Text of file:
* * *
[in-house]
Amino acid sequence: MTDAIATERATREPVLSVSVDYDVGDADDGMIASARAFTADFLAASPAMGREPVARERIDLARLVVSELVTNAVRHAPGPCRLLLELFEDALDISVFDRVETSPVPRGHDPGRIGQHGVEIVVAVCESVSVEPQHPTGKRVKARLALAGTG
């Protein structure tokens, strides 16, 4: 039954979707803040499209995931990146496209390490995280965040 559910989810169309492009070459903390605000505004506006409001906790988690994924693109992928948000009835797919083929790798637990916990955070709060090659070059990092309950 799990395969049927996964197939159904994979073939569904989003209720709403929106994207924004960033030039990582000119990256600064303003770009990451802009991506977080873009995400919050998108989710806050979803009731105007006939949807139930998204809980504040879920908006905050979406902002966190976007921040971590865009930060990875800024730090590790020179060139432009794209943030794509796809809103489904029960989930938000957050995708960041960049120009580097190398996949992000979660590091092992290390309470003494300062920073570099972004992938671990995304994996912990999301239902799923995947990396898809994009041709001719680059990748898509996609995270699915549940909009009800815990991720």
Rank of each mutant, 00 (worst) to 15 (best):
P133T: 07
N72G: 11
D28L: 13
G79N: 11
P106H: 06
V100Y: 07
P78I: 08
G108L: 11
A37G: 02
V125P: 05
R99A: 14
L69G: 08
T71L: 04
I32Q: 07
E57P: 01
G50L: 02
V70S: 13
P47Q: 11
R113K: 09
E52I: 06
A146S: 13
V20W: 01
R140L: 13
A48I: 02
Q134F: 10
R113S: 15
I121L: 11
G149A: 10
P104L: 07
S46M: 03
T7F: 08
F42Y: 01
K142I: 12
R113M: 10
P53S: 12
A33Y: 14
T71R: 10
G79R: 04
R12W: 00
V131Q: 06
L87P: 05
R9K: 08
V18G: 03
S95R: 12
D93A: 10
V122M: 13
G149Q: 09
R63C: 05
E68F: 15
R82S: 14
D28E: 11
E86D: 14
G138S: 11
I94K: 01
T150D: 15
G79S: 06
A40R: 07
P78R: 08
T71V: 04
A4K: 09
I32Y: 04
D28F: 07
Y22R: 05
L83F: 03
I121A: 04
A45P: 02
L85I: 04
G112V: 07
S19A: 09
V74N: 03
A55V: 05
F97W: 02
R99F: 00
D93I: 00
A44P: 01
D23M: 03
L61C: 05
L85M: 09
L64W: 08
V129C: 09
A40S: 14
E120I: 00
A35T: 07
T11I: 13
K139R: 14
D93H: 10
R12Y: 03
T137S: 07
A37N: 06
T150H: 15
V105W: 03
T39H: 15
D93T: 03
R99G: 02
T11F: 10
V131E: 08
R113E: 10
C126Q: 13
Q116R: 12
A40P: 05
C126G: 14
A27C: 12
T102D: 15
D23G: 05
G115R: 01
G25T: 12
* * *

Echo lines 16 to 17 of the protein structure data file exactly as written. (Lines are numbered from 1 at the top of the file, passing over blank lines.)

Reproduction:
L69G: 08
T71L: 04